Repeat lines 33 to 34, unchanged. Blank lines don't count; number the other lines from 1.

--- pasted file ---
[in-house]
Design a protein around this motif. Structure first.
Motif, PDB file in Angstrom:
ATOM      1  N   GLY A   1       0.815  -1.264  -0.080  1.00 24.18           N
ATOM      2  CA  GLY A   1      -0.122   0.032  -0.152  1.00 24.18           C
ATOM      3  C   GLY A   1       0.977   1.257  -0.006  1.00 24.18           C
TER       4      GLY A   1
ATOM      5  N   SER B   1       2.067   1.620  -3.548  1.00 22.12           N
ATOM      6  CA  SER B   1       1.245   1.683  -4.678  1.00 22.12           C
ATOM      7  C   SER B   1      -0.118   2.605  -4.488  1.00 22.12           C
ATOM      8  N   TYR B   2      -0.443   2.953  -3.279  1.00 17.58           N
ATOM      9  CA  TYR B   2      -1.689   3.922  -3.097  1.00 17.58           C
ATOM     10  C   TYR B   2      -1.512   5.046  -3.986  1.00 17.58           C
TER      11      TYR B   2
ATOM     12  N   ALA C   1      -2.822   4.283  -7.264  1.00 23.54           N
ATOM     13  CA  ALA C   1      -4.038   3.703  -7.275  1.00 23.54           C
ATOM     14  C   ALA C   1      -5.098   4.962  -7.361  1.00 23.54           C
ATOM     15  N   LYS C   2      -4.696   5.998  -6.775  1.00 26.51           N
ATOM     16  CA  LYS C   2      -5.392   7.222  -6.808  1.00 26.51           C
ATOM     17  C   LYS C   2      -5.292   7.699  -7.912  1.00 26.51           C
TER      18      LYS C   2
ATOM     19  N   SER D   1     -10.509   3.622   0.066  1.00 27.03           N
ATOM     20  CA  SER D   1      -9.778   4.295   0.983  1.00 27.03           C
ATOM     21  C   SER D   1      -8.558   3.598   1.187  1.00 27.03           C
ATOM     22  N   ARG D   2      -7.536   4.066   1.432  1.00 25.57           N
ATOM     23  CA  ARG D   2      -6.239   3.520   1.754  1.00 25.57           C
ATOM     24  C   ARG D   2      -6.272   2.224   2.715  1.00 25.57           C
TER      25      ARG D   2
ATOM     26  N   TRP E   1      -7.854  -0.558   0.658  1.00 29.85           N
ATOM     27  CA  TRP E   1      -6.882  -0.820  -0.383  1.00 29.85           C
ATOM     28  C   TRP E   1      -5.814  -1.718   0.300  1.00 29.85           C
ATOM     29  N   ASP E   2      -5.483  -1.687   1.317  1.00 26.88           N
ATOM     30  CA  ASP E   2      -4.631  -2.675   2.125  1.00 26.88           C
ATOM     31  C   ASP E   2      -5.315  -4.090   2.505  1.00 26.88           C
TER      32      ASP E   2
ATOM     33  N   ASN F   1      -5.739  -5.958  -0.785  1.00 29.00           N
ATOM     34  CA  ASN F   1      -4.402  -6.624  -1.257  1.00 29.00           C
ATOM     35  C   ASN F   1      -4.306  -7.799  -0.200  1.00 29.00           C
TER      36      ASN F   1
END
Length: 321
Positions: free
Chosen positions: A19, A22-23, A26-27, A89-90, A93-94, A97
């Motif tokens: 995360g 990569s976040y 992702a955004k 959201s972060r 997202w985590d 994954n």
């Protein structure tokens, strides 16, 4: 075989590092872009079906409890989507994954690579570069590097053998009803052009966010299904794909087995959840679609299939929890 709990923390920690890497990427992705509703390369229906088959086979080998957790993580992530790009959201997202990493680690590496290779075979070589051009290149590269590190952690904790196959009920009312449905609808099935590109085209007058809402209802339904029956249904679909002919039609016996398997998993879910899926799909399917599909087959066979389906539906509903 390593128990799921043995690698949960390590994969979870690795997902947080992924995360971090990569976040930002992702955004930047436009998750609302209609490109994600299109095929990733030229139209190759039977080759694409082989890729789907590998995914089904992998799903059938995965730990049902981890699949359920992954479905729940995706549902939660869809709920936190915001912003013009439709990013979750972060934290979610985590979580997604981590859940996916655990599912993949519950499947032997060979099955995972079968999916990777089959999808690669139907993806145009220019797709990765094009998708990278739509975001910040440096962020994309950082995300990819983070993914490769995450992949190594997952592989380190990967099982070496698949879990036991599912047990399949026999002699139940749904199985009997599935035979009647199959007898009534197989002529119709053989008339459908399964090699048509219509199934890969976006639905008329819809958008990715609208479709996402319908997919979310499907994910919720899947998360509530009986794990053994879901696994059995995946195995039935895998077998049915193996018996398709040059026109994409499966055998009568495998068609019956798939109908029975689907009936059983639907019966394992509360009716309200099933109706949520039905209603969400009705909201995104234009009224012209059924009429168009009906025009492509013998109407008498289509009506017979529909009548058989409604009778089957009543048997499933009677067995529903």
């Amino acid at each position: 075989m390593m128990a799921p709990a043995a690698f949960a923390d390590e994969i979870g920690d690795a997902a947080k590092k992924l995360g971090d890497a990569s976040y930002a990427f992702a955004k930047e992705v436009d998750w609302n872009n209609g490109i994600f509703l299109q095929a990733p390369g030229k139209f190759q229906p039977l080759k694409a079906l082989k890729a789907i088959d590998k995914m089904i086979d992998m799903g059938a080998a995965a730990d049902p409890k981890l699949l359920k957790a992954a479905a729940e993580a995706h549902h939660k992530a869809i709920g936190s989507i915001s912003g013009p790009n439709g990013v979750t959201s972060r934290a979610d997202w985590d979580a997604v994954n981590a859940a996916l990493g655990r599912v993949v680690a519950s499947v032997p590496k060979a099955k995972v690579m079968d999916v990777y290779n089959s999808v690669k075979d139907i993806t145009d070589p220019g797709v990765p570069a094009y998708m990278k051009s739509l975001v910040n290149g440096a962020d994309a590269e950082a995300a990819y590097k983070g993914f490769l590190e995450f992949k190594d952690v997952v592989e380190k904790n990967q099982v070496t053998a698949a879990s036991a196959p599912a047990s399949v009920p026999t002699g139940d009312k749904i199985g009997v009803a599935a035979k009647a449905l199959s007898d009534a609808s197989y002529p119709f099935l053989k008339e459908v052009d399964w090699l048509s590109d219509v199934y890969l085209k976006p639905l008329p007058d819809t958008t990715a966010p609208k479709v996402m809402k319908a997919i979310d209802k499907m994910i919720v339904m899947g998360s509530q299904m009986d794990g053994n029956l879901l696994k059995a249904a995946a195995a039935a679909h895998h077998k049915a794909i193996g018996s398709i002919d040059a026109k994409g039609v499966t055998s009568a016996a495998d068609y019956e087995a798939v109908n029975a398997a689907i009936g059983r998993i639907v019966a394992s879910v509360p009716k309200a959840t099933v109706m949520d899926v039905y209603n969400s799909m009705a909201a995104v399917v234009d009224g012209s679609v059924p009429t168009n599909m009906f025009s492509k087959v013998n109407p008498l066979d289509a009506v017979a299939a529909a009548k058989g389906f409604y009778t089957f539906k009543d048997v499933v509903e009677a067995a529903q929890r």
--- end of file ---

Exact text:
ATOM     30  CA  ASP E   2      -4.631  -2.675   2.125  1.00 26.88           C
ATOM     31  C   ASP E   2      -5.315  -4.090   2.505  1.00 26.88           C